Men of the Sky
|Men of the Sky (1931)|
|Directed by||Alfred E. Green|
|Written by||Otto A. Harbach|
John St. Polis
|Music by||Otto A. Harbach
|Cinematography||John F. Seitz|
|Edited by||Desmond O'Brien|
|Distributed by||First National Pictures: A Subsidiary of Warner Bros.|
|June 30, 1931|
Men of the Sky is a 1931 all-talking musical drama film which was produced by Warner Bros. in 1930 and released in 1931. Originally planned as an all-Technicolor musical, filming began in July 1930, under the title of Call of the East. By the time filming had concluded in mid-September, due to the public backlash against musicals, the title was changed twice more (first to Stolen Dreams then to Men of the Sky), much of the music was cut and the film began to be advertised as a spy war drama. As a cost-savings measure, it was decided to release the film in black and white as color had come to be associated with musicals. Men of the Sky starred Irene Delroy and Jack Whiting.
- Irene Delroy ... Madeleine
- Bramwell Fletcher ... Eric
- Otto A. Harbach ... French Major
- Armand Kaliz ... Senor Mendoca
- Lotti Loder
- Otto Matieson
- Edwin Maxwell ... Count
- Frank McHugh
- John St. Polis ... Madeleine's Father
- Jack Whiting ... Jack Ames
In this drama, the love affair between an American pilot named Jack Ames (Jack Whiting) and a French spy named Madeleine Aubert (Irene Delroy) is chronicled. Madeleine leaves her American boyfriend to join her father (John Sainpolis), another French agent, as a spy for France at an estate in Germany.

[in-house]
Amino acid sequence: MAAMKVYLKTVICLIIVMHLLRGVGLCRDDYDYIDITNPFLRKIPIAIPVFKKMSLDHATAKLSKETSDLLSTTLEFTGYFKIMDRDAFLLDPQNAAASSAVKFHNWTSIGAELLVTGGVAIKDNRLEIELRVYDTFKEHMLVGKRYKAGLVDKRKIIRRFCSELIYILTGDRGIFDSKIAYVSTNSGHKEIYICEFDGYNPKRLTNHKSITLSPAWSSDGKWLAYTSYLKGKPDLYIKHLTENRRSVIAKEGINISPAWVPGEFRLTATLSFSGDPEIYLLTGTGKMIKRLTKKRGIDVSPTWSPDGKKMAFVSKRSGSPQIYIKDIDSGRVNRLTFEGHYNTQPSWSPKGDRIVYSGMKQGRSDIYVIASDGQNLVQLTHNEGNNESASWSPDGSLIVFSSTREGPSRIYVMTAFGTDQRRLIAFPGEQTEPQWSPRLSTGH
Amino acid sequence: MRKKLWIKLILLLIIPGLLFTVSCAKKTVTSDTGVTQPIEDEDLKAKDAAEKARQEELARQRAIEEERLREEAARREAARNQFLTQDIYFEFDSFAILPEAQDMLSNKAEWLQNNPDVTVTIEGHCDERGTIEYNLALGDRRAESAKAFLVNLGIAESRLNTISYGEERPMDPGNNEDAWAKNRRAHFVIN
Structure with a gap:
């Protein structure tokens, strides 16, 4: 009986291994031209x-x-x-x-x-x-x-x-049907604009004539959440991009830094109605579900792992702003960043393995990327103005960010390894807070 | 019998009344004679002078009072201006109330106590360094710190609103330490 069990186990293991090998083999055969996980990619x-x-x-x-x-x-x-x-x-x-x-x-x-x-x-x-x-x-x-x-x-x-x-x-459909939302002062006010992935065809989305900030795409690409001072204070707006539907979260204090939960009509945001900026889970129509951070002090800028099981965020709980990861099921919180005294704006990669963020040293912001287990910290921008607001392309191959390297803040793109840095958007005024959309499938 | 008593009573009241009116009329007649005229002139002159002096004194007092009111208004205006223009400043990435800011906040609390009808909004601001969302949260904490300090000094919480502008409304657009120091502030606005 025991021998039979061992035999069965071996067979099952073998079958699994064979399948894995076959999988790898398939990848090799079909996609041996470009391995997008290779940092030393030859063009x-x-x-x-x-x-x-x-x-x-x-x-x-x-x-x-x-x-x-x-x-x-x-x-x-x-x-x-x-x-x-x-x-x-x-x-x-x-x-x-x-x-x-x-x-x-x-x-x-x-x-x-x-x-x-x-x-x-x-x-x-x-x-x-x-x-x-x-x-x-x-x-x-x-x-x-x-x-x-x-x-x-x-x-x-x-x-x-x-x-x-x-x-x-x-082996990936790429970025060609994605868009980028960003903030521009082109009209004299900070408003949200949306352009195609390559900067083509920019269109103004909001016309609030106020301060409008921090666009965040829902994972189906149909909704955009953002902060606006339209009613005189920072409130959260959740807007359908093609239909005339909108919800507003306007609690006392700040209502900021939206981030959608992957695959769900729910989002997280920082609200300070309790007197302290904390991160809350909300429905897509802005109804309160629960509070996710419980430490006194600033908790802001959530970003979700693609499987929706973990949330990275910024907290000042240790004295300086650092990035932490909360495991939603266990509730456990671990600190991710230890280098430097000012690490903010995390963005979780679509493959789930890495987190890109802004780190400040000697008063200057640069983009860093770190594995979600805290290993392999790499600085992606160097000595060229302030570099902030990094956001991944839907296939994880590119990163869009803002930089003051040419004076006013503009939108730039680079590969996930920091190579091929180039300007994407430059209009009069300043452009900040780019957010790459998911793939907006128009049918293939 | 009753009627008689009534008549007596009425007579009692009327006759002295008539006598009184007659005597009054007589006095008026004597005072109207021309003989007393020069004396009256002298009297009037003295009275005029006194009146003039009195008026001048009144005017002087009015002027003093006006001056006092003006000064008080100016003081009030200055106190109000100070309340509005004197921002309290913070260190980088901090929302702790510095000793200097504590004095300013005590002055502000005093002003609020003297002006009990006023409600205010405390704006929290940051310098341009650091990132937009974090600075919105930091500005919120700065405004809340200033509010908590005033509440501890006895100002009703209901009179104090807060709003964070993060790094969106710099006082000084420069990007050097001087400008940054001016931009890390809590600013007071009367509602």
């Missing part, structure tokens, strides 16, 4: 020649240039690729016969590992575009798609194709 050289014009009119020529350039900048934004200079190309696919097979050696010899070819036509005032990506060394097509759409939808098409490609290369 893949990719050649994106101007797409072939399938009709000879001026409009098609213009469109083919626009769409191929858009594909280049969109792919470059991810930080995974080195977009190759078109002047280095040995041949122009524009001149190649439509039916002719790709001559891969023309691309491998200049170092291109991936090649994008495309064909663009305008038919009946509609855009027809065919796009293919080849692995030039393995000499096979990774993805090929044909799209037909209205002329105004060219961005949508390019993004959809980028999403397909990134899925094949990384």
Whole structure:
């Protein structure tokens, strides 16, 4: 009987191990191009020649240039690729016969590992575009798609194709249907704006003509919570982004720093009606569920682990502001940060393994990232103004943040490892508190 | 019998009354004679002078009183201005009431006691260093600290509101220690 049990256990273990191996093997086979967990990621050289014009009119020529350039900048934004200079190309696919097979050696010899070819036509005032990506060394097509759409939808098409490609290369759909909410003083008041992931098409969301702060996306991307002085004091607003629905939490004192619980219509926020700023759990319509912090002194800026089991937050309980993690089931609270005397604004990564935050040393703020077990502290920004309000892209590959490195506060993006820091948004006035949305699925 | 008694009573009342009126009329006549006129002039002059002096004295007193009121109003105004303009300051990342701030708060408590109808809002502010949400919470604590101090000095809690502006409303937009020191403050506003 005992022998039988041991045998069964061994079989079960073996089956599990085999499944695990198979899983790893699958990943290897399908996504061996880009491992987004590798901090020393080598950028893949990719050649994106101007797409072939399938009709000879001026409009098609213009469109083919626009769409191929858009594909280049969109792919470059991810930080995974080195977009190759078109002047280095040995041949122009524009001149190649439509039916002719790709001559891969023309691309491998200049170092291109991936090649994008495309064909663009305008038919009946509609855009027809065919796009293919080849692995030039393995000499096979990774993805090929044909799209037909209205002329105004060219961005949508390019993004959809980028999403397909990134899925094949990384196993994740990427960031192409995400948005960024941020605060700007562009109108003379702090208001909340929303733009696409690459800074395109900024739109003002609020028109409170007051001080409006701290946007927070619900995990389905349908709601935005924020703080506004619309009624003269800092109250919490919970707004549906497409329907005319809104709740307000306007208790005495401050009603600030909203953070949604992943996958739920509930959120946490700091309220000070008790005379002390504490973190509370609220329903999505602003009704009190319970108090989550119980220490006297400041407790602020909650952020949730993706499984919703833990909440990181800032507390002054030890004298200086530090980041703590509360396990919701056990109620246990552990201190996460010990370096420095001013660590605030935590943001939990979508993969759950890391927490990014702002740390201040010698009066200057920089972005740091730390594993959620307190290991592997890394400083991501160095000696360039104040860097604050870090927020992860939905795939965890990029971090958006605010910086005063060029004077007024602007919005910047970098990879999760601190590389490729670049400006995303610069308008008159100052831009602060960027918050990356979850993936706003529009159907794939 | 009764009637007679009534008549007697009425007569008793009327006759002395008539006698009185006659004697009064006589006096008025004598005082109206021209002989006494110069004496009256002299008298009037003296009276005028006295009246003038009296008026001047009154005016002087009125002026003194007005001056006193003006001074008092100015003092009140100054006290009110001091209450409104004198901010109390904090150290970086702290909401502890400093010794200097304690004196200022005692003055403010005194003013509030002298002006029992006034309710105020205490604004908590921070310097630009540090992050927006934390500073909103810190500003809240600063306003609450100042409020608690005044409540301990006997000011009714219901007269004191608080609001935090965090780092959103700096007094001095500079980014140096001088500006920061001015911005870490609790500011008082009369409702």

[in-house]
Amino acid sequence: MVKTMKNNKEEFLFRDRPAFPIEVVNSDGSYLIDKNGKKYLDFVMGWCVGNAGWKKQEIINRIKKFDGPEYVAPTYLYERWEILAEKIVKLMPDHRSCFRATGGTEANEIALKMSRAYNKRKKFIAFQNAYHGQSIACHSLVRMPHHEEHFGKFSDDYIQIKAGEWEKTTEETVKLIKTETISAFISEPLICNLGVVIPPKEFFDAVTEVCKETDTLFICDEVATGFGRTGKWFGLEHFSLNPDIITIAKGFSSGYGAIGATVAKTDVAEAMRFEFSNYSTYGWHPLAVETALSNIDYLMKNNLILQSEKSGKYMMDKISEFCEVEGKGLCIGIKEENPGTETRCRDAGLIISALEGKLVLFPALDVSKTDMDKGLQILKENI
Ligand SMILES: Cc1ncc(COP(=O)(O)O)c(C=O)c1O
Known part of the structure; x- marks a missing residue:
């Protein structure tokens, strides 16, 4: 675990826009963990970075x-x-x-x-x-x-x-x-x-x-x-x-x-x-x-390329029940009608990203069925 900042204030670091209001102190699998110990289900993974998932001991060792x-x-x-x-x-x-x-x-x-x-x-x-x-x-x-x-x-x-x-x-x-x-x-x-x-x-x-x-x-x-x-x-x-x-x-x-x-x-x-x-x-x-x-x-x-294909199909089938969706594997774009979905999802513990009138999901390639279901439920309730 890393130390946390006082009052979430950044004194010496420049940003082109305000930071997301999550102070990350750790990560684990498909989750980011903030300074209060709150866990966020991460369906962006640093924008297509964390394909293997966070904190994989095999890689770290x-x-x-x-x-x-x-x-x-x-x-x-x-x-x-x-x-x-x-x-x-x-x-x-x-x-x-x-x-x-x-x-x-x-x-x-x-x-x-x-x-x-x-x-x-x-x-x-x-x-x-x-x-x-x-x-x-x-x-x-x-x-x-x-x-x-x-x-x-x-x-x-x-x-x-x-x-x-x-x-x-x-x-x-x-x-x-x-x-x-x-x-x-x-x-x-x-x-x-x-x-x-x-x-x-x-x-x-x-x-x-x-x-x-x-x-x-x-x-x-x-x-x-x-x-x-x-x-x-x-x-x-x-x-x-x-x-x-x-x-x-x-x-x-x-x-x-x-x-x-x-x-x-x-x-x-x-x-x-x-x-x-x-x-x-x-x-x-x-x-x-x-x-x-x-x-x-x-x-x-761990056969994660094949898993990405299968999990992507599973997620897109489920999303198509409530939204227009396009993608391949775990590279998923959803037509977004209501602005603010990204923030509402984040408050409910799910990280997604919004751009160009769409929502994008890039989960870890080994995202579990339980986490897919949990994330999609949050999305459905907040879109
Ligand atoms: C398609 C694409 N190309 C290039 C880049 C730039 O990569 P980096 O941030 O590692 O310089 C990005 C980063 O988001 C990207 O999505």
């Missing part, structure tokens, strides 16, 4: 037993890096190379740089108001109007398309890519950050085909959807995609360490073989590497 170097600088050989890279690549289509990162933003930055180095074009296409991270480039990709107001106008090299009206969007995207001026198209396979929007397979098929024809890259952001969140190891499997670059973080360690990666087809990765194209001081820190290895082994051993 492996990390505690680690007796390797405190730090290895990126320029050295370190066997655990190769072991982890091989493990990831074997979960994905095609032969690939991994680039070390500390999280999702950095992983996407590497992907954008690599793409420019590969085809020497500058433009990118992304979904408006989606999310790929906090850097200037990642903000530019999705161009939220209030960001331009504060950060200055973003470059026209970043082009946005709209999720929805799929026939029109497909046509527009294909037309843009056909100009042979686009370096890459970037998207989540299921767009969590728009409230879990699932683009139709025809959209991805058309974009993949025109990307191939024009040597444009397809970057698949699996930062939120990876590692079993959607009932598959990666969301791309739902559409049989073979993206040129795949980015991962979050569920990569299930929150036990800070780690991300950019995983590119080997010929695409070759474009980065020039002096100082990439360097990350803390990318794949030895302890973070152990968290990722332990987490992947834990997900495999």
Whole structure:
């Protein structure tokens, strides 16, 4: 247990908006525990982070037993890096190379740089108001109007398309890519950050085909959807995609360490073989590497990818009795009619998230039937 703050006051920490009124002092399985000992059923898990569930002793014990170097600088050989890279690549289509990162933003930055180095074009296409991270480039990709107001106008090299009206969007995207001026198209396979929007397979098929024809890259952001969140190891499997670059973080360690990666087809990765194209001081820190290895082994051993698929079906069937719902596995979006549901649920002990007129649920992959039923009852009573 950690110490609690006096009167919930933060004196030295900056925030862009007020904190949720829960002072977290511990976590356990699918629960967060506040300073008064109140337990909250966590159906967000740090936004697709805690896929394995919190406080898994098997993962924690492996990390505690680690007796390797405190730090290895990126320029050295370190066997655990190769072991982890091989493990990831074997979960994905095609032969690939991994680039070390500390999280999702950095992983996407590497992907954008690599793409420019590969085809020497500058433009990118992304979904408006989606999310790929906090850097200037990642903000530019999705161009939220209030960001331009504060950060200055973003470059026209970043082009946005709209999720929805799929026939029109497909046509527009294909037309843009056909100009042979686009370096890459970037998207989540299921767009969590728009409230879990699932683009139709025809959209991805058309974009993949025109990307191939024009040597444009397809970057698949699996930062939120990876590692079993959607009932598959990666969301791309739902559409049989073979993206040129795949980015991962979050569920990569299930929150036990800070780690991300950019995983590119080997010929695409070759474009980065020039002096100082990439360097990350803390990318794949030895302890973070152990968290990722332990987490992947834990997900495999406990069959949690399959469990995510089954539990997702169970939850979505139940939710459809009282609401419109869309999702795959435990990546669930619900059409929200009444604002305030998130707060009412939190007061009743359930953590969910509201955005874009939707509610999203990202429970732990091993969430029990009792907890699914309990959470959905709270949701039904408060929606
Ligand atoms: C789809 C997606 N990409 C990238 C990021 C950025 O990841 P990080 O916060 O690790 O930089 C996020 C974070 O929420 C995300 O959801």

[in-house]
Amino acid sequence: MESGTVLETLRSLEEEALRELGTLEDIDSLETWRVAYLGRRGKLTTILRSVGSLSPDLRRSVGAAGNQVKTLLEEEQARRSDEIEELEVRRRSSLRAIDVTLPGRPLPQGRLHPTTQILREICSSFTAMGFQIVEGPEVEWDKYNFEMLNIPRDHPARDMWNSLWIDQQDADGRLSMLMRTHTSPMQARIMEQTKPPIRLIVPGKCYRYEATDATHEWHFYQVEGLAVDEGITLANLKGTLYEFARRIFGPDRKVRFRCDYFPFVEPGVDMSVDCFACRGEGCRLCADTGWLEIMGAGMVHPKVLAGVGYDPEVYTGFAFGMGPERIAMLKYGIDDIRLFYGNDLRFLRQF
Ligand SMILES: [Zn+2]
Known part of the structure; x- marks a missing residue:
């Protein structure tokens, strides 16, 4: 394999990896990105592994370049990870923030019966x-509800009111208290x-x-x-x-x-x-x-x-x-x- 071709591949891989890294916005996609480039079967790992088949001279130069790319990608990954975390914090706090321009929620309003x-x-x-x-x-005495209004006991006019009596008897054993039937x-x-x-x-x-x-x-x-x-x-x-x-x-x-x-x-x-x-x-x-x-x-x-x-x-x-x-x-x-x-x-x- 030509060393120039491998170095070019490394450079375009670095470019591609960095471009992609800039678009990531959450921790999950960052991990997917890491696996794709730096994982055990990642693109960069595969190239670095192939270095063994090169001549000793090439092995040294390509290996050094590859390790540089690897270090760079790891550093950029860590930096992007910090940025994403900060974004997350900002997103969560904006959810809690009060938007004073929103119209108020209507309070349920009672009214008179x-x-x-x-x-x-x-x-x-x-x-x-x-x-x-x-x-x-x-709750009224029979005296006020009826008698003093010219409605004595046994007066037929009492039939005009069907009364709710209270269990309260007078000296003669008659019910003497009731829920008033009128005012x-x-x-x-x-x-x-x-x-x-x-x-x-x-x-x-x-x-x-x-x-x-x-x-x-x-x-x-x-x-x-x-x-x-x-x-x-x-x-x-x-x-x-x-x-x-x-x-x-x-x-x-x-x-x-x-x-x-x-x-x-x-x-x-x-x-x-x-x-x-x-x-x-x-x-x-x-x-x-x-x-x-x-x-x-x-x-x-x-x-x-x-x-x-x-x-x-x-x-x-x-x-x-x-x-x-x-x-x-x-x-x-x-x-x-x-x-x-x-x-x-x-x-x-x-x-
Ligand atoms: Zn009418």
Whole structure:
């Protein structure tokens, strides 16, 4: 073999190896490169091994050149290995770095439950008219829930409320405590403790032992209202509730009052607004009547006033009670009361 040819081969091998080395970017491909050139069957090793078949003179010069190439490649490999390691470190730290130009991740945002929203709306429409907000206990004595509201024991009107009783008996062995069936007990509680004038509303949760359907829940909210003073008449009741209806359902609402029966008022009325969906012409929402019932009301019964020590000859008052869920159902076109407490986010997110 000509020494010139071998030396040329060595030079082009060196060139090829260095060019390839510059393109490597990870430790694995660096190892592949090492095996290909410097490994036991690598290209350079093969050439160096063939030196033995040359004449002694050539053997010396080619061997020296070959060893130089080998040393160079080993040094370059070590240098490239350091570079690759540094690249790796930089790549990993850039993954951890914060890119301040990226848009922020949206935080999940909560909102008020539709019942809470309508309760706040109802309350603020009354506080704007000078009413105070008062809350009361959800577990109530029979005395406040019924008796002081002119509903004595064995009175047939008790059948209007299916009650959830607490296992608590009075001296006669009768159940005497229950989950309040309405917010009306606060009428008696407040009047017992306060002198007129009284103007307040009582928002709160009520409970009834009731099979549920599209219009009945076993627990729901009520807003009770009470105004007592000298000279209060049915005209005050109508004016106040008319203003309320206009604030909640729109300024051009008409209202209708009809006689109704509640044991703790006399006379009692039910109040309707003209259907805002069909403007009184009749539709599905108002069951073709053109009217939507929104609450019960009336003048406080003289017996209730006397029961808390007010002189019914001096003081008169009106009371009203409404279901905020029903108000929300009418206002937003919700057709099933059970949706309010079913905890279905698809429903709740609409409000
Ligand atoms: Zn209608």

Madeleine is supposed to seduce a German officer (Bramwell Fletcher) in order to gain information on a set of secret plans that another spy will steal after landing on the grounds. That spy turns out to be Jack. Madeleine is supposed to signal her compatriot to advance by playing a certain style of song on the piano, but the Germans have found out about the scheme, and Jack is exposed. In the tragic ending, the pair of lovers are led out to a firing squad.
The original story and music were written by Otto A. Harbach and Jerome Kern. The film was originally intended to be released, in the United States, early in 1931, but was shelved due to public apathy towards musicals. Despite waiting a number of months, the public proved obstinate and the Warner Bros. reluctantly released the film in June 1931 after making some cuts. The film was released outside the United States (since there was no backlash against musicals outside the United States) as a full musical early in 1931. The film was originally intended to be photographed entirely in Technicolor, but this was dropped midway into production when the studio realized the public was growing sour on musicals. The film was originally titled: "Call of the East" but was retitled before release. This was to have been the first of three of musicals to be written by Otto A. Harbach and Jerome Kern for Warner Bros. Due to the public apathy for musicals, however, Warner Bros. bought out their contract and the team returned to Broadway. Warner Bros. did not debut this film in the usual prestigious movie theaters. The film was immediately placed in general release with no fanfare.
- "Ev'ry Little While"
- "Cottage of Content"
- "Stolen Dreams (Who Steals All My Dreams?)"
- "All's Well with the World"
- "I'll Share them All with You (Canzonetta)"
- "Man in the Sky"
- "What's Become of Spring"
- "You've Got To Meet Marguerite"
- "Flying Field"
- "Chamber Music and Boy's March"